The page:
Jack tries to get Kenneth to see his side of things, but he mistakenly claims that it would be hard for Kenneth to understand where he's coming from because he's never been tested. Kenneth points out that that's where he's wrong: he only loves two things, which are television and everybody, but where he lives, no one can afford cable, so he is forced to watch the old-fashioned way (with rabbit ears)... at least until February 2009, when he's probably screwed. Sure, he could steal cable, like so many others, but he doesn't because he knows stealing is wrong.
Oprah advises Liz, who looks on adoringly, that perhaps she says she wants a child, but she isn't taking the right steps. For example, she allows Tracy and Jenna to fill the child-shaped hole in her life, putting up with their immature behavior and coddling the way she'd have to with an infant. She passes Liz some saltwater taffy and says it's one of her favorite things for the year, just like calypso music, paisley tops, and high-heeled flip flops. Uh oh, I'm sensing this is going to take a turn for the worse. When she says that Liz is also one of those things now that they've shared such an uplifting plane trip together and even offers to stop by and talk to Tracy and Jenna for her, I'm convinced: Oprah is simply a figment of Liz' pill-induced nap, and none of this is real, and when Liz wakes up in New York, probably with some drool stains on her sweater, and her glasses askew, there will be no one in the seat next to her (ala The Langoliers) or someone totally random in the seat next to her, that she imagined was her deity, Oprah.
Tracy saunters up to Frank and Toofer in a short jean skirt and pink plaid jacket but still wearing his thick gold chains underneath, which would be the worst image of the episode, except there comes Jenna, in an Afro wig and full-on black face, which sets Toofer off in a "racial stereotype" rant. Liz returns just in time to see both, but unfortunately Jack catches wind of it, too, and begins to monologue that white men actually have it the hardest because of all of the "difficult decisions" they are forced to make, and clean up "messes like this." Kenneth happens by and interjects because he is, too, a white man, and doesn't feel so oppressed, but Jack cuts him off, saying that "socio-economically speaking, [Kenneth] is more like an inner city Latina." Liz tells everyone not to worry because all will be fixed soon enough... when Oprah comes.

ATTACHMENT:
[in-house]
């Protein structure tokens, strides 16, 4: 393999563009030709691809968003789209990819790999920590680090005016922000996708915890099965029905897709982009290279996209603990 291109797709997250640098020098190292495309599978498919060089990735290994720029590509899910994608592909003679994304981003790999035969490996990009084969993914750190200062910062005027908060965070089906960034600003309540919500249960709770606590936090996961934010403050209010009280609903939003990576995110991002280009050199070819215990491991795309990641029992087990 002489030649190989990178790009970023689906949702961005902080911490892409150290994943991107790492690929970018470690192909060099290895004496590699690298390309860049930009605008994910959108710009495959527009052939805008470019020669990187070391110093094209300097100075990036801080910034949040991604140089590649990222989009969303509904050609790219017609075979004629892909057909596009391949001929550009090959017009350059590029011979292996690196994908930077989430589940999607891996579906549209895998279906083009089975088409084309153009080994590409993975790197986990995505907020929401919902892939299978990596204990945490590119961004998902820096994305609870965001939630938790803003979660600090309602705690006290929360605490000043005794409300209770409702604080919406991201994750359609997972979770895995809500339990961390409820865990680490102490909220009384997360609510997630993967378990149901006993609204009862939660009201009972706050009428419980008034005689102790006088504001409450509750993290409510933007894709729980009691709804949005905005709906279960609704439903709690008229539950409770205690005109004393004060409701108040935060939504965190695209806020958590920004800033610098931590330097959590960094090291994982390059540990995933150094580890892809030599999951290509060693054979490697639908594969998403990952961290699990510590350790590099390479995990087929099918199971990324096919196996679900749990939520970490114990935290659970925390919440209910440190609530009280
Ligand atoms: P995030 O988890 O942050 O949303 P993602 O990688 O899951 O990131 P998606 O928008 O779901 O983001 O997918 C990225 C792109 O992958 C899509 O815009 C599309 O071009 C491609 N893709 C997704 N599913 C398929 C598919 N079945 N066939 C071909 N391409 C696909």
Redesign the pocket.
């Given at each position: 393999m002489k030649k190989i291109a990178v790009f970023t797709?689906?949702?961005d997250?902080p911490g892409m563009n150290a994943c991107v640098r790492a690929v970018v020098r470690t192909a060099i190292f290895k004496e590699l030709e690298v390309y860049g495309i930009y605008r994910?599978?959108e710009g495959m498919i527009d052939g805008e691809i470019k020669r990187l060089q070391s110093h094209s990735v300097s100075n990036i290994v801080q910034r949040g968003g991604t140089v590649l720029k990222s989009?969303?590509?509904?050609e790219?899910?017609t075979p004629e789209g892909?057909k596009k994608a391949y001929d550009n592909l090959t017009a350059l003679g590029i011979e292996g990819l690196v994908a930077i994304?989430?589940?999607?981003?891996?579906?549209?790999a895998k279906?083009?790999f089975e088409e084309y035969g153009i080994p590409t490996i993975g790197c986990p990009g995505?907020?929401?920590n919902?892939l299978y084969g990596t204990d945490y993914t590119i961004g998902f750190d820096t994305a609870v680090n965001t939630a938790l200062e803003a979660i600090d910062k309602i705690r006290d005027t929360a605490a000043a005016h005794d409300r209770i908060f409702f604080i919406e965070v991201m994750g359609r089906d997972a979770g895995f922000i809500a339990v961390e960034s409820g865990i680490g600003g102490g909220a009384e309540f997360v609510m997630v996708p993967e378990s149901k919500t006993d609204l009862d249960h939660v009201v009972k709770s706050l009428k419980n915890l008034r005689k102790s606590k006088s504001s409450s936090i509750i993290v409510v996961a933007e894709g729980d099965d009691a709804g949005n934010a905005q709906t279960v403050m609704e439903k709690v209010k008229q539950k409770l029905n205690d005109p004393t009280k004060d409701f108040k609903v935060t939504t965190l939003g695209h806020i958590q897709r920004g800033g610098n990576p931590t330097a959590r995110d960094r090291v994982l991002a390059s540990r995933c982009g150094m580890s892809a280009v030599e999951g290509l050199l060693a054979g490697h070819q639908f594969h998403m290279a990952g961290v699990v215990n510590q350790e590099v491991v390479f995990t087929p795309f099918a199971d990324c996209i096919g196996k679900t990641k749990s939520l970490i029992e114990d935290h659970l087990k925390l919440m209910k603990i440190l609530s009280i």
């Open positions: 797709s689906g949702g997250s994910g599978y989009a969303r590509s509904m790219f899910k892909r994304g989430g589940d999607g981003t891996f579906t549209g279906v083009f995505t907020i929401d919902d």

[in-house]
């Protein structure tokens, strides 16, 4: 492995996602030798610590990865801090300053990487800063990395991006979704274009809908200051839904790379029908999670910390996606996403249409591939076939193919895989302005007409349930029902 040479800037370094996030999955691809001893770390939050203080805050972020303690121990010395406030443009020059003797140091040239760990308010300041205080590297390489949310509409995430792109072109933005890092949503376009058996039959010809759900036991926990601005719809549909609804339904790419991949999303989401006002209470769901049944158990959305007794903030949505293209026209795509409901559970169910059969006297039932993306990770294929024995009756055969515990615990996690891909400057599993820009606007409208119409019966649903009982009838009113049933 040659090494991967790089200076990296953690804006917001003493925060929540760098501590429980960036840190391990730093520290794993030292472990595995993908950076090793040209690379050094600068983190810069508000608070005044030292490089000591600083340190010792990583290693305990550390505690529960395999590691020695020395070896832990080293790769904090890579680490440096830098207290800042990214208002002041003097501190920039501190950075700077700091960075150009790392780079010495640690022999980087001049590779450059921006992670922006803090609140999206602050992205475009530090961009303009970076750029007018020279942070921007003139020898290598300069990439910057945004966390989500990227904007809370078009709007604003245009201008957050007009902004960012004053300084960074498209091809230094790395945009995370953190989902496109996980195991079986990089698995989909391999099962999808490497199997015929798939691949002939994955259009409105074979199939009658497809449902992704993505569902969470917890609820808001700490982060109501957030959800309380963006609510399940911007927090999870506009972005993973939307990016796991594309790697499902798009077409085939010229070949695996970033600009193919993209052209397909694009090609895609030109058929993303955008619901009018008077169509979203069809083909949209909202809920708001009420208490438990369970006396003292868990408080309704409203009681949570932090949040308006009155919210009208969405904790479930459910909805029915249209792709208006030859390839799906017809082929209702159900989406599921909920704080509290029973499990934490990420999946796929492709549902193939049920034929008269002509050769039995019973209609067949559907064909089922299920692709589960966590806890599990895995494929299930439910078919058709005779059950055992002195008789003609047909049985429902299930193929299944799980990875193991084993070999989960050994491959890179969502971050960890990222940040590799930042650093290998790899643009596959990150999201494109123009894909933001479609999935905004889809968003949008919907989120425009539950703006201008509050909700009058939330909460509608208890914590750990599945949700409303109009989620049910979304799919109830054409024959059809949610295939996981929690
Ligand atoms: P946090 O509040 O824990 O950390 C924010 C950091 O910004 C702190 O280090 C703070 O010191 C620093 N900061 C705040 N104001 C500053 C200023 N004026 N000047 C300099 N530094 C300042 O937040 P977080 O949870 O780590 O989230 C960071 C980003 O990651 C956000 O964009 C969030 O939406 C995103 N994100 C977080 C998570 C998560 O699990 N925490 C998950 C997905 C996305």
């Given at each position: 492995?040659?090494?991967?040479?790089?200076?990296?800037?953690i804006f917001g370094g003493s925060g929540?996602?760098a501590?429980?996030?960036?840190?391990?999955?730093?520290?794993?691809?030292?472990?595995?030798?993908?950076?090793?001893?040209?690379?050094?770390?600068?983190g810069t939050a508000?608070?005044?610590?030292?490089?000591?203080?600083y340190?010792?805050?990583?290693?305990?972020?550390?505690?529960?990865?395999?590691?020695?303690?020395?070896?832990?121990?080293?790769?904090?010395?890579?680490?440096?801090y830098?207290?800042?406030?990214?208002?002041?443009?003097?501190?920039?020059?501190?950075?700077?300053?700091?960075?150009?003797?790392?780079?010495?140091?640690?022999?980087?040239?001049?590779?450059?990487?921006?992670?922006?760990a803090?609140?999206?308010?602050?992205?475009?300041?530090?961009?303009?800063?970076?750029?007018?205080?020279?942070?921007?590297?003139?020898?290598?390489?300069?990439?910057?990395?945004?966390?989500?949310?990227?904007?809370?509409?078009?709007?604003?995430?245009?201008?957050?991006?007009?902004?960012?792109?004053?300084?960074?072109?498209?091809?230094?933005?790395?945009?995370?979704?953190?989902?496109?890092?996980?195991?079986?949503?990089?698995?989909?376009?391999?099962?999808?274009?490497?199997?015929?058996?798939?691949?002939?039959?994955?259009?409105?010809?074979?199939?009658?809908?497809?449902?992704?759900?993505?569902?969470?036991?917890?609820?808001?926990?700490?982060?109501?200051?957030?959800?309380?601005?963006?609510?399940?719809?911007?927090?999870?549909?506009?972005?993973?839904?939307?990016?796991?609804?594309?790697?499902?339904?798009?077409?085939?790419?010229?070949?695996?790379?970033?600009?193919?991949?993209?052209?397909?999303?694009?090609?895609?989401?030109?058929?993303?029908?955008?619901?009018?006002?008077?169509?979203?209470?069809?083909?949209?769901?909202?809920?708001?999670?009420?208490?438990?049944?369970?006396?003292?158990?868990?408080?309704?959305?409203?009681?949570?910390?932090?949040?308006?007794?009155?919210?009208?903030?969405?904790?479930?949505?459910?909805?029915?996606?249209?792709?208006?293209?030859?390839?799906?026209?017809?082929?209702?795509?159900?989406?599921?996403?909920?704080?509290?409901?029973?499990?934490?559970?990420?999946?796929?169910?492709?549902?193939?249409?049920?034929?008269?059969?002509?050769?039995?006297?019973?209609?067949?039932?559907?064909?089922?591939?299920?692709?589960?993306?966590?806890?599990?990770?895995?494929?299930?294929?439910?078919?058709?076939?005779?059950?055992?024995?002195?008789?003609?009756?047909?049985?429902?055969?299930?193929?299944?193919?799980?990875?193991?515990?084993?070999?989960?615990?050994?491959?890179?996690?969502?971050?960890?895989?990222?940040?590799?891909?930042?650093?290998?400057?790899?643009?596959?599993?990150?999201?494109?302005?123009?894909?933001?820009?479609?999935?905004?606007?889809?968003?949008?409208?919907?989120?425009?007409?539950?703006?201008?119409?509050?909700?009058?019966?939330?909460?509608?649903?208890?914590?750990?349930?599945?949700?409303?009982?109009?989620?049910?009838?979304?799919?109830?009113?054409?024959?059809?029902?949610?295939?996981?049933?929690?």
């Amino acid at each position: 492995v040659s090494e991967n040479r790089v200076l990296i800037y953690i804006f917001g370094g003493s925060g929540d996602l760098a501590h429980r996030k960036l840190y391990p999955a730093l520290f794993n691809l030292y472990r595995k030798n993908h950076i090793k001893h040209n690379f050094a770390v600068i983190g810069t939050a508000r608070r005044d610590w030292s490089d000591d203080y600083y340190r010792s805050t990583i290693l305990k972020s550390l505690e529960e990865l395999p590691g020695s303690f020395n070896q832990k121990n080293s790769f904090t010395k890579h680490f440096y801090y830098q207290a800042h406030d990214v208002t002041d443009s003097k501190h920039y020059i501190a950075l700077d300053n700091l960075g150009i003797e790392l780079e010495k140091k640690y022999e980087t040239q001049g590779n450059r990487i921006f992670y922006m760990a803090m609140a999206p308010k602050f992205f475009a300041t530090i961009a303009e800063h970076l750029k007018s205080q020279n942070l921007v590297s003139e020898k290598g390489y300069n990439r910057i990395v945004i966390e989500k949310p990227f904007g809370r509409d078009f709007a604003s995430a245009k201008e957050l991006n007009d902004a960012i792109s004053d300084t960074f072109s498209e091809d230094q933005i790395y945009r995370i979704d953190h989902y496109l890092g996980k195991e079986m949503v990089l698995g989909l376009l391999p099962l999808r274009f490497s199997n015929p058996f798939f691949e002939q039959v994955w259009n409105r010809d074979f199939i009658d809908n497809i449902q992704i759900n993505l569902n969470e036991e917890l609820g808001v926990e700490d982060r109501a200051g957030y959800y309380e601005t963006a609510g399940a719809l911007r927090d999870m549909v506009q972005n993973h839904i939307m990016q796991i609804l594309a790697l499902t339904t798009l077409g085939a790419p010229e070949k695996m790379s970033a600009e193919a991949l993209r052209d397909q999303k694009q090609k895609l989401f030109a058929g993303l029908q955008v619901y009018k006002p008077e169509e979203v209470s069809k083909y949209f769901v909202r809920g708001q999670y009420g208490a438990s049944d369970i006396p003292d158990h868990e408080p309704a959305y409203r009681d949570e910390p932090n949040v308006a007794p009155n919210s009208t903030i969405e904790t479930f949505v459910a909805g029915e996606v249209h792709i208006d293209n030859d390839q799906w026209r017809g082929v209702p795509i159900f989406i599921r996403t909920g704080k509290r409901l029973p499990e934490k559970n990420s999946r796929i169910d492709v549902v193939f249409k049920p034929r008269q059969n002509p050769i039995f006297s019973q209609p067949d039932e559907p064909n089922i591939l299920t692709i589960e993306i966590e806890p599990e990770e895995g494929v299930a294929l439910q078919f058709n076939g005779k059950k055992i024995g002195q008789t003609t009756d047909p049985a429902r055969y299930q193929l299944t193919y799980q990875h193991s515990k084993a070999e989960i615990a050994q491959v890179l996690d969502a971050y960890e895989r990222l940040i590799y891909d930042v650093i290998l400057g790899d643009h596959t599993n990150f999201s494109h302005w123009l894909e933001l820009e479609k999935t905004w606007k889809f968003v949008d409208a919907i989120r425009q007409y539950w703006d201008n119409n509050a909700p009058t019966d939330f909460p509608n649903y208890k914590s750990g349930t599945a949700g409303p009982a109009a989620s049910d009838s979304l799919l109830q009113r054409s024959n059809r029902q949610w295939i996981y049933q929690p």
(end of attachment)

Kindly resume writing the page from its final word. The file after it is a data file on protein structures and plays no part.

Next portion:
In the elevator with Jack and seven other people, Kenneth is confronted with a situation that Jack has provided in order to make him realize that 1) white men do have tough decisions and 2) Jack is a hero. He tells Kenneth he has poisonous gas pumping through the elevator vents, and there are only enough oxygen masks for eight people total; there is a gun for the last person to end his or her own life with dignity before the gas takes over and kills her or him slowly, more painfully, anyway. Kenneth grabs the gun and tries to kill himself, but it's empty, and then the elevator doors open. Jack doesn't quite apologize, but he does tell Kenneth he gives up and that Kenneth is filled with more morality than all of them. He calls Kenneth his hero, and when Kenneth arrives home, he finds a brand new HD flat-screen. He is overwhelmed, but then he realizes it's the kind that's complaint with the February 2009 standards and will not just plug into the wall; he is going to have to steal cable if he wants to see anything. Surely, Jack is puffing a cigar and laughing somewhere in the bowels of his office.
Liz is suddenly the coolest girl in the class, as all of the other women on her staff flock around her to hear about Oprah. She saunters in, dressed head-to-toe in those "favorite things" Oprah mentioned, only to find that her "Oprah" is actually just a teenage girl with big hair who flops down in between Tracy and Jenna and still prepares to "mediate." Once again, I told you so.
Best lines of the night:
Tracy: "I watched Boston Legal nine times before I realized it wasn't a new Star Trek."
Kenneth: "I don't believe in hypothetical situations... that's like lying to your brain."
Jack: "It's okay; in-flight medicine is how I met M. Night Shyamalan, but it turned out to be--" (cocks his head)
Jonathan: "It was the best day of my life!"